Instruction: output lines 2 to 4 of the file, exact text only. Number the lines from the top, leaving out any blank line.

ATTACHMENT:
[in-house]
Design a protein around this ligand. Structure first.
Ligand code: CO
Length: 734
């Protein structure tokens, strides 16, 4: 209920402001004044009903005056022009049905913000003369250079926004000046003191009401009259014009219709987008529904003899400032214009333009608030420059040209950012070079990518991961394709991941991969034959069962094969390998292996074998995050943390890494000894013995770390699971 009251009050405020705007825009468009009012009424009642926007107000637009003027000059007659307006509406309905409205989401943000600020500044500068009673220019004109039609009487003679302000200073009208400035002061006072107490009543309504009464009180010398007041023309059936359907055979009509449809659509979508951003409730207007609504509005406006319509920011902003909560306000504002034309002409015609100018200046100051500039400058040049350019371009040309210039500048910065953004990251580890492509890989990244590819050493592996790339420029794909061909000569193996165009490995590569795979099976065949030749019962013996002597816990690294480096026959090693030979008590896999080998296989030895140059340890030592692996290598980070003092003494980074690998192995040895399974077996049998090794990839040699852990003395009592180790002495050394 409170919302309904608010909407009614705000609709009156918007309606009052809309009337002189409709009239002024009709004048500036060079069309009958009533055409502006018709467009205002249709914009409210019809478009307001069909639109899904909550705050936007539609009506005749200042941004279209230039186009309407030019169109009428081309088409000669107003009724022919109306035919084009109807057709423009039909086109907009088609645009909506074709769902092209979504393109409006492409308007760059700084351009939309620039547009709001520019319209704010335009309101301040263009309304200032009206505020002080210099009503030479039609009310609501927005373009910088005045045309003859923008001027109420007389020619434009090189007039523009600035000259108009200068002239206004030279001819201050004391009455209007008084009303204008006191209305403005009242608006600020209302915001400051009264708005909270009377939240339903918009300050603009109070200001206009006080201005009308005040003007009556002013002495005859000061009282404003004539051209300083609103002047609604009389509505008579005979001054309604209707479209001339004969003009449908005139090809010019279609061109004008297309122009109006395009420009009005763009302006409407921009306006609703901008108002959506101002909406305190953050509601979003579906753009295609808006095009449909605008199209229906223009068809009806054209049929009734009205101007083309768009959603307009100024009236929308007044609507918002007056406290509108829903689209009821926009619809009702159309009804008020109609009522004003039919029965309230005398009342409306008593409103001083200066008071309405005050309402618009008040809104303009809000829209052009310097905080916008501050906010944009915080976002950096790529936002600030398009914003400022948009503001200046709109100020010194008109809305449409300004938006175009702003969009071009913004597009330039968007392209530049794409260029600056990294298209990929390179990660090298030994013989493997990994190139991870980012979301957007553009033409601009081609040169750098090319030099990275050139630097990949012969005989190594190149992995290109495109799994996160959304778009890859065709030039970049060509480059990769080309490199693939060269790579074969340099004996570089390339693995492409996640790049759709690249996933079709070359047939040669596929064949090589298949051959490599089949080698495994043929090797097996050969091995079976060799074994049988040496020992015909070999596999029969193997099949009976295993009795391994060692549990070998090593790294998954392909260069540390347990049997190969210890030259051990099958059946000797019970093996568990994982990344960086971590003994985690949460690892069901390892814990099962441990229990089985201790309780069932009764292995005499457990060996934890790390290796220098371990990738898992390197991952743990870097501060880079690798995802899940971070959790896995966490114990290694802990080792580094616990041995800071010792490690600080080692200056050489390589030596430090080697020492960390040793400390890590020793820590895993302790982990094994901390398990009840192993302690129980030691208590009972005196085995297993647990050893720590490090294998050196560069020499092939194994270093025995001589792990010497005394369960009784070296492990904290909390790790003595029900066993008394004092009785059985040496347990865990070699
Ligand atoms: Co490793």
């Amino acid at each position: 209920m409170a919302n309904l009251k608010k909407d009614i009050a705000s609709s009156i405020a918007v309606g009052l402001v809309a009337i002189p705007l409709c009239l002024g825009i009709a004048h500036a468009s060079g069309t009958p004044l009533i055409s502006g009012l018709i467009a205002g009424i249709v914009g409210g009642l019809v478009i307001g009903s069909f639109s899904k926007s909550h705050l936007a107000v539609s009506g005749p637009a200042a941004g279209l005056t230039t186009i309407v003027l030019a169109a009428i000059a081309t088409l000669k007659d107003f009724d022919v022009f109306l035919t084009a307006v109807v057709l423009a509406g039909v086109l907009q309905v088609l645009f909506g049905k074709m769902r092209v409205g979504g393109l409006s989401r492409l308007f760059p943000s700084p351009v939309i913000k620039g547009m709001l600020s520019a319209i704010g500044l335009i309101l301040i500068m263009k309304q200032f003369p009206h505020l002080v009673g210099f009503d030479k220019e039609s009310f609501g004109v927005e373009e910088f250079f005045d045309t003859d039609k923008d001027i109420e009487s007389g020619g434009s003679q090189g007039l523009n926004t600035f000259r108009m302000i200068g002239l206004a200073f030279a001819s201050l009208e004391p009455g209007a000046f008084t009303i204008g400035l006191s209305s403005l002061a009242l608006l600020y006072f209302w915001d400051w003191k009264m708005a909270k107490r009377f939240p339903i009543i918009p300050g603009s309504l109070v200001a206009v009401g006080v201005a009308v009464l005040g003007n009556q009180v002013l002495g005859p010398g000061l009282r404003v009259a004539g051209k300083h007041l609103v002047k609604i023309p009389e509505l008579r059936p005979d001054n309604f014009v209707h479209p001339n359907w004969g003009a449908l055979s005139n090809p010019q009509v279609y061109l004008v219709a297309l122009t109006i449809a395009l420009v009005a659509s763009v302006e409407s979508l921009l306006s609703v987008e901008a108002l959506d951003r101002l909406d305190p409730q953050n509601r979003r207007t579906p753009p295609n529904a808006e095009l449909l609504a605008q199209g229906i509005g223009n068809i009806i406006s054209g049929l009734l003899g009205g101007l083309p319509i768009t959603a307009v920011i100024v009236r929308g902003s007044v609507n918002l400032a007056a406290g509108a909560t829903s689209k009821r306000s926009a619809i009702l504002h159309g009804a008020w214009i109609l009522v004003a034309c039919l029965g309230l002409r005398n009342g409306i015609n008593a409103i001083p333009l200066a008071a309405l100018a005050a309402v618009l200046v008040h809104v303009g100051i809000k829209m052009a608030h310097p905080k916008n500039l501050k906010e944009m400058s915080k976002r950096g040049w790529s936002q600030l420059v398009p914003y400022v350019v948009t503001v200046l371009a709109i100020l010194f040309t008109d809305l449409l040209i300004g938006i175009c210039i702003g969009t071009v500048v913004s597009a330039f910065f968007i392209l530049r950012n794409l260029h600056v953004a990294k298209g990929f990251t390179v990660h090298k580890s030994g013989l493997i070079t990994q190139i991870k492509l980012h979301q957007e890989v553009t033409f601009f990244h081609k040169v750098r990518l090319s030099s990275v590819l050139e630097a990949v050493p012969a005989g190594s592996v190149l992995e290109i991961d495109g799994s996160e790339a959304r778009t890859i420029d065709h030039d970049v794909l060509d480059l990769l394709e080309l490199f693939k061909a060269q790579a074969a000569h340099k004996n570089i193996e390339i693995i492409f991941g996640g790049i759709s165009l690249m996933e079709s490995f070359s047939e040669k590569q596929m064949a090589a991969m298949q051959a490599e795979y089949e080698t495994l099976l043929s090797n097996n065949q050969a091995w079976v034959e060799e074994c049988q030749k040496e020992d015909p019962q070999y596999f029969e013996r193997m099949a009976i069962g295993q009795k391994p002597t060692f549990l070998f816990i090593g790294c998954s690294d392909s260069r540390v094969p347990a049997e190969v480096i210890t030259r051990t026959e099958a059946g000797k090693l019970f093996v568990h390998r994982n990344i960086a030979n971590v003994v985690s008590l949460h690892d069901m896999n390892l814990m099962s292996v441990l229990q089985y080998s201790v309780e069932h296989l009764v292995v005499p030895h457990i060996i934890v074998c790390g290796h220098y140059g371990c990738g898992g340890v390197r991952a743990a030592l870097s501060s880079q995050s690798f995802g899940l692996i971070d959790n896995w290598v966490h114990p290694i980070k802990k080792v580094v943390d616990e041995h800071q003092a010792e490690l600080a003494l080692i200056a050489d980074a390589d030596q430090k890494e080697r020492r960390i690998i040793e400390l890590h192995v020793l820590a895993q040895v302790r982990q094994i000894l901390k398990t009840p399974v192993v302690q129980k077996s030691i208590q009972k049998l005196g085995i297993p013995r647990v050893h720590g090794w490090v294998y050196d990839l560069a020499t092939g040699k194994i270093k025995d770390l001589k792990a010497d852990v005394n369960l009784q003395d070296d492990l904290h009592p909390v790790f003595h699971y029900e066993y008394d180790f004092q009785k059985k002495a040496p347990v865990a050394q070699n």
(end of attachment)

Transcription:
Design a protein around this ligand. Structure first.
Ligand code: CO
Length: 734